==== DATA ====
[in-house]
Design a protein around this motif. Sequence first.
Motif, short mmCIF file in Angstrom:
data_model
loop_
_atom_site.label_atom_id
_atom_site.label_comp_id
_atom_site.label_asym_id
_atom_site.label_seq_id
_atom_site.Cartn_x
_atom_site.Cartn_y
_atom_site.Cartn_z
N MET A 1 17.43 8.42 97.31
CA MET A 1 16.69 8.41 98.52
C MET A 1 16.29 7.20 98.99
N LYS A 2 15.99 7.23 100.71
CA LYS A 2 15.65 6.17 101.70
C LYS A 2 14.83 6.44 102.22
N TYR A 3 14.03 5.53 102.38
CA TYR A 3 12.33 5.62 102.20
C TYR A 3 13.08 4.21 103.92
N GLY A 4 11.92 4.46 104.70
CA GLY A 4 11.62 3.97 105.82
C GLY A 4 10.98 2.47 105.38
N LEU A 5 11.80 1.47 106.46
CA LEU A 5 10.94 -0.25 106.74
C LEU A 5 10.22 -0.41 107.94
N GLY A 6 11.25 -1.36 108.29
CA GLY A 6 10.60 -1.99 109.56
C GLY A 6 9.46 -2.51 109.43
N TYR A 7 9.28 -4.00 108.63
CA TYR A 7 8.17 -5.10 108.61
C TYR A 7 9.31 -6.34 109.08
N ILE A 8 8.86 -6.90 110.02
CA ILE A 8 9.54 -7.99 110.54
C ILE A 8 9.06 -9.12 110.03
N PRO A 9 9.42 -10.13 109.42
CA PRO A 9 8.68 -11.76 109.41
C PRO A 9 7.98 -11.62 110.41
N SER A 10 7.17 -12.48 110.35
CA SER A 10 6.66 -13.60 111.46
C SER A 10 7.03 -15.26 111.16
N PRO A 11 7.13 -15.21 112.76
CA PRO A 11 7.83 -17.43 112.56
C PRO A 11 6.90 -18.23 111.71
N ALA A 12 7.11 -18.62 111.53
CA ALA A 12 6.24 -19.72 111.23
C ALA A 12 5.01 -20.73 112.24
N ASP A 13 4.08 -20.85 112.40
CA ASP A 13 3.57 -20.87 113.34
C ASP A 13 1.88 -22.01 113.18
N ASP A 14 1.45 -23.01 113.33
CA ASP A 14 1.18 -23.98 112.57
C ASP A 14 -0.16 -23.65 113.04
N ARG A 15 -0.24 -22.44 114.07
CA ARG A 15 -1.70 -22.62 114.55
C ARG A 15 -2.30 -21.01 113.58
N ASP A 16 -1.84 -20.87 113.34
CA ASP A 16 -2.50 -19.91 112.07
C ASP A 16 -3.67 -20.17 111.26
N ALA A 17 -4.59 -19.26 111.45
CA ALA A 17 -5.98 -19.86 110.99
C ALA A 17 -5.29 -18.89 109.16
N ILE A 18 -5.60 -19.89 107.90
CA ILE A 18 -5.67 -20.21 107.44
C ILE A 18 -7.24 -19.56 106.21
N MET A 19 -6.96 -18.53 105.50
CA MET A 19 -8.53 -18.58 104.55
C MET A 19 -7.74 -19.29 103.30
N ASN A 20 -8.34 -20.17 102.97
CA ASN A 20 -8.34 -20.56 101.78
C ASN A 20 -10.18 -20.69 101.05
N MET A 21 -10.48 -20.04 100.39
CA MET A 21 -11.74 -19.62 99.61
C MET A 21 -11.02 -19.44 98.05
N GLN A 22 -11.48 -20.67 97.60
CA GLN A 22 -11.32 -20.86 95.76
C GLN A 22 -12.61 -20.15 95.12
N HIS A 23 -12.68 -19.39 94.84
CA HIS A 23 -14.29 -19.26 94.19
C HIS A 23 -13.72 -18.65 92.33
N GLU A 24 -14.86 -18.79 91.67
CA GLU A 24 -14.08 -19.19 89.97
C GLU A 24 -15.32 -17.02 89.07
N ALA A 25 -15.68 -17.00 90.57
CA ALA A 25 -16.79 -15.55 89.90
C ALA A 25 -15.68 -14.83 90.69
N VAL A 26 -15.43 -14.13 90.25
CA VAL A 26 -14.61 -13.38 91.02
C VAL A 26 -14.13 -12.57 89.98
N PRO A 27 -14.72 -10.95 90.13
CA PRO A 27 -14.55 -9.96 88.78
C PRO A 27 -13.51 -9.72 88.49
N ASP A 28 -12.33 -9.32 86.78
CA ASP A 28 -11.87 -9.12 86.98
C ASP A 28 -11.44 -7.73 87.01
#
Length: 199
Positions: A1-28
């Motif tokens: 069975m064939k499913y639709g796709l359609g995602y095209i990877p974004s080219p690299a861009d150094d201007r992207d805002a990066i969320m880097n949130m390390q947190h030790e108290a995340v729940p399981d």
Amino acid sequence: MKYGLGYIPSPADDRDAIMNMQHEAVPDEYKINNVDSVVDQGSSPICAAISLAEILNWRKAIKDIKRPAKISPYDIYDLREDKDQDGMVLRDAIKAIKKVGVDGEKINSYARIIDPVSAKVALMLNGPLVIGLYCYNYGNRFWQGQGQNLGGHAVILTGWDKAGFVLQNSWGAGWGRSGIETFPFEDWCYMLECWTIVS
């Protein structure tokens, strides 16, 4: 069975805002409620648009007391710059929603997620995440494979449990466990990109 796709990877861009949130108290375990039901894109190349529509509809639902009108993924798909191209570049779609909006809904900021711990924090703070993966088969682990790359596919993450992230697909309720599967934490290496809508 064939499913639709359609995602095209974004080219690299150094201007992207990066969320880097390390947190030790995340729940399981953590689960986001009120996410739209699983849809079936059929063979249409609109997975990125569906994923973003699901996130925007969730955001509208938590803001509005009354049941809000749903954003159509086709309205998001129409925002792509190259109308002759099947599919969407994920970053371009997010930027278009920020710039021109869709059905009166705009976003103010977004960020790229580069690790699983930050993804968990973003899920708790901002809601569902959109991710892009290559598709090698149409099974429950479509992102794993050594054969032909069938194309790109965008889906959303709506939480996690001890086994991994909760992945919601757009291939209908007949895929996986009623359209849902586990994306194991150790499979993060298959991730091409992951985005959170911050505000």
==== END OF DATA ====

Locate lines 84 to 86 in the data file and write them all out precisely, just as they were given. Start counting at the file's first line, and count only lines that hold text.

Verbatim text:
C GLU A 24 -15.32 -17.02 89.07
N ALA A 25 -15.68 -17.00 90.57
CA ALA A 25 -16.79 -15.55 89.90